5

I wish to lock out access to a user's EDIT page (eg. /user/pure.krome/edit) if

a) Identity.IsAuthenticated = false

or they are authenticated but

b) Idenitity.Name != user name of the user page they are trying to edit
c) Identity.UserType() != UserType.Administrator // This is like a Role, without using RoleProviders.

I'm assuming u can decorate a controller or a controller's action method with something(s), but i'm just not sure what?

3

Look at the AuthorizeAttribute.

ASP.Net MVC: Can the AuthorizeAttribute be overriden?

3

A custom attribute derived from AuthorizeAttribute is what I use to do this. Override the OnAuthorize method and implement your own logic.

public class OnlyUserAuthorizedAttribute : AuthorizeAttribute
{
    public override void OnAuthorize( AuthorizationContext filterContext )
    {
        if (!filterContext.HttpContext.User.Identity.IsAuthenticated)
        {
            filterContext.Result = new HttpUnauthorizeResult();
        }
        ...
    }
}
  • Interesting ... but ... I know I need to substitute my own logic, over yours. But your code only answer's part (a). I can also check for (c). But I have no idea how the code could know what to check for (b). I have the Identity.Name ... but how does this attribute - at that point of time - know what the view data is? or any data in the action method (which i'm assuming hasn't been run, yet .. because attributes get handled first. – Pure.Krome Jun 3 '09 at 14:07
  • The AuthorizationContext parameter includes references to the Controller, HttpContext, ResultContext, RouteData, and Result. You should be able to get all you need from the RouteData. To generalize, add a property to your attribute that allows you to specify the route data key to use for the user's name. You'll have to do the DB stuff to check the user's type independently. You might want to have two constructors: one that takes your database context/layer interface and another that takes no parameters and creates the default database context/layer. Use the former in unit testing. – tvanfosson Jun 3 '09 at 14:14
2

I implemented the following ActionFilterAttribute and it works to handle both authentication and roles. I am storing roles in my own DB tables like this:

  • User
  • UserRole (contains UserID and RoleID foreign keys)
  • Role
public class CheckRoleAttribute : ActionFilterAttribute
{
    public string[] AllowedRoles { get; set; }


    public override void OnActionExecuting(ActionExecutingContext filterContext)
    {
        string userName = filterContext.HttpContext.User.Identity.Name;

        if (filterContext.HttpContext.User.Identity.IsAuthenticated)
        {
            if (AllowedRoles.Count() > 0)
            {
                IUserRepository userRepository = new UserRepository();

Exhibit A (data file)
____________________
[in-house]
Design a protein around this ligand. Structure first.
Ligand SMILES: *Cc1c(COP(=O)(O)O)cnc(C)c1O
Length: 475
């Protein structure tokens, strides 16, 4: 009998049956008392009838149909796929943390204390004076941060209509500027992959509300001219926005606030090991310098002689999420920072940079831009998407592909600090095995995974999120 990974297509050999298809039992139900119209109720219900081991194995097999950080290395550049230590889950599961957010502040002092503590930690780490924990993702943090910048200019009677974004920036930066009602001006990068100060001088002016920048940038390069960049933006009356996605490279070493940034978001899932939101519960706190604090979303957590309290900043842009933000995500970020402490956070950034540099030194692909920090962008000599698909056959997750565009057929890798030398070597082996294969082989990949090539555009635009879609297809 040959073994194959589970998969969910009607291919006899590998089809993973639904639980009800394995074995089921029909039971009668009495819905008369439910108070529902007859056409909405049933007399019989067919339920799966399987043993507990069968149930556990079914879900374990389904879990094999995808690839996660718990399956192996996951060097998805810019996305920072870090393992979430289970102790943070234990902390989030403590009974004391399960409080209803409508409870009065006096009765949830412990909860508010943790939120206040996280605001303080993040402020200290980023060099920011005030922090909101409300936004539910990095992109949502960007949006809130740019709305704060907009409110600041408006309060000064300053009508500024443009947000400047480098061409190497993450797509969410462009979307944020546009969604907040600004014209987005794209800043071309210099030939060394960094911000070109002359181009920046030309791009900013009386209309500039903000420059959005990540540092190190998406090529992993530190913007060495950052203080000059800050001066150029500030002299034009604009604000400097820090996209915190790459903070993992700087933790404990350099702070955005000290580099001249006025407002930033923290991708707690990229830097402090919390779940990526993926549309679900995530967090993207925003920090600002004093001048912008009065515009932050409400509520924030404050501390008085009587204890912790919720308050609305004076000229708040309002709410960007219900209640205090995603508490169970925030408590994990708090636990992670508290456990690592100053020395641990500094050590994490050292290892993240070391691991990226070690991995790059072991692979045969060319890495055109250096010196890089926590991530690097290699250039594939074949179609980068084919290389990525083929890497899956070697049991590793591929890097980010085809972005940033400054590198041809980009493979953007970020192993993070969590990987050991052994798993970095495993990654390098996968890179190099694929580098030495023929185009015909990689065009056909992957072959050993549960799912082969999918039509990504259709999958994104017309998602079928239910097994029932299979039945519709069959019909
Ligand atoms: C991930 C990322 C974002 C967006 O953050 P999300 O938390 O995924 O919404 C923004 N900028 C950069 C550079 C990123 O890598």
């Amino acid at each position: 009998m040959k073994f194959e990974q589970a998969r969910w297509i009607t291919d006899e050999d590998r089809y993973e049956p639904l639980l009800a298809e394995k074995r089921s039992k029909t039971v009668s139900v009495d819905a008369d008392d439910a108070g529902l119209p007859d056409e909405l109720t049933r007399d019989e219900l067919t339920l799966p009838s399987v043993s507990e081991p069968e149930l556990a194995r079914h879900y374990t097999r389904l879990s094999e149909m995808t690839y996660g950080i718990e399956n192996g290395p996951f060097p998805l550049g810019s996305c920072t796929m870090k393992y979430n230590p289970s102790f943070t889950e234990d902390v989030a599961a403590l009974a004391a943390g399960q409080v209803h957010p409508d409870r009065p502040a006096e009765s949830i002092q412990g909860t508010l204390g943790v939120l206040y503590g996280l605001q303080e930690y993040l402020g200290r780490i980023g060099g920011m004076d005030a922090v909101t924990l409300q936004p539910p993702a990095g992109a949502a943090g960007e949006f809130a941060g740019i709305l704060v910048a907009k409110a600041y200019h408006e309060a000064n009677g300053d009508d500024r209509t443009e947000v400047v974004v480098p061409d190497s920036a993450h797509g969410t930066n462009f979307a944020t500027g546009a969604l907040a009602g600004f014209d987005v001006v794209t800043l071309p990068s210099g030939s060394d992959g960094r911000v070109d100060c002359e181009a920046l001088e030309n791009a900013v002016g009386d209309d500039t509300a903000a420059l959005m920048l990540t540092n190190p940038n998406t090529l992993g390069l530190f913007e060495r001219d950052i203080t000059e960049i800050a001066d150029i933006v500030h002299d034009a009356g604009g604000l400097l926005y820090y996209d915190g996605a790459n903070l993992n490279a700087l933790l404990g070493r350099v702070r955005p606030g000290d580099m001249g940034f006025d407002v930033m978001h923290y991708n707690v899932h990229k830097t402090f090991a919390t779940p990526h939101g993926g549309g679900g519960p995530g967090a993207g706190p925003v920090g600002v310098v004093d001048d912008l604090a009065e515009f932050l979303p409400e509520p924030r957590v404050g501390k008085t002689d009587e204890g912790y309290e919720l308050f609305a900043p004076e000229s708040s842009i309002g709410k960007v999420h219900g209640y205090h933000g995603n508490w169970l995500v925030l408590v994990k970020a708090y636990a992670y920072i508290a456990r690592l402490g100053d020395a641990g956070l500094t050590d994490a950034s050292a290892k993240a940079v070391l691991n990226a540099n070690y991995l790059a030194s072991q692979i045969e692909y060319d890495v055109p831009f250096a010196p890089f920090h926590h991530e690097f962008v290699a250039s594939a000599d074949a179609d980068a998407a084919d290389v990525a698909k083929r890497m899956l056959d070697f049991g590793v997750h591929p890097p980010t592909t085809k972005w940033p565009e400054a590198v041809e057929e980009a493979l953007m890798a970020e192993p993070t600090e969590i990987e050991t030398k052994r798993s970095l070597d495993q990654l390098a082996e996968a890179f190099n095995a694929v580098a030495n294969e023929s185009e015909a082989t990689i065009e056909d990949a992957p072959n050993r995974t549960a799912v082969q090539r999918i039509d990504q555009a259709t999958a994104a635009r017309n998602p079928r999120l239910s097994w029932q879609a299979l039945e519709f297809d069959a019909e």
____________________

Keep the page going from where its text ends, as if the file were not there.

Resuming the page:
User user = userRepository.GetUser(userName);
                bool userAuthorized = false;
                foreach (Role userRole in user.Roles)
                {
                    userAuthorized = false;
                    foreach (string allowedRole in AllowedRoles)
                    {
                        if (userRole.Name == allowedRole)
                        {
                            userAuthorized = true;
                            break;
                        }
                    }
                }
                if (userAuthorized == false)
                {
                    filterContext.HttpContext.Response.Redirect("/Account/AccessViolation", true);
                }
            }
            else
            {
                filterContext.HttpContext.Response.Redirect("/Account/AccessViolation", true);
            }
        }
        else
        {
            filterContext.HttpContext.Response.Redirect(FormsAuthentication.LoginUrl + String.Format("?ReturnUrl={0}", filterContext.HttpContext.Request.Url.AbsolutePath), true);
        }


    }

I call this like this...

    [CheckRole(AllowedRoles = new string[] { "admin" })]
    public ActionResult Delete(int id)
    {
        //delete logic here
    }
  • In my first line above I meant to say "authentication and roles" – mikerennick Jun 4 '09 at 14:49
  • Mikerennick, do you do any caching of users or roles? – Pure.Krome Jun 5 '09 at 10:38
  • I am not using caching -- but I see no reason why the list of roles assigned to a user could not be cached. You could update the cache when changes are made to assigned roles. The above code has no bearing on caching of users, as I am merely looking at httpcontext for the current user. I should also mention that adding a check for allowed users is the same in principle as the check for allowed roles. – mikerennick Jun 5 '09 at 12:33

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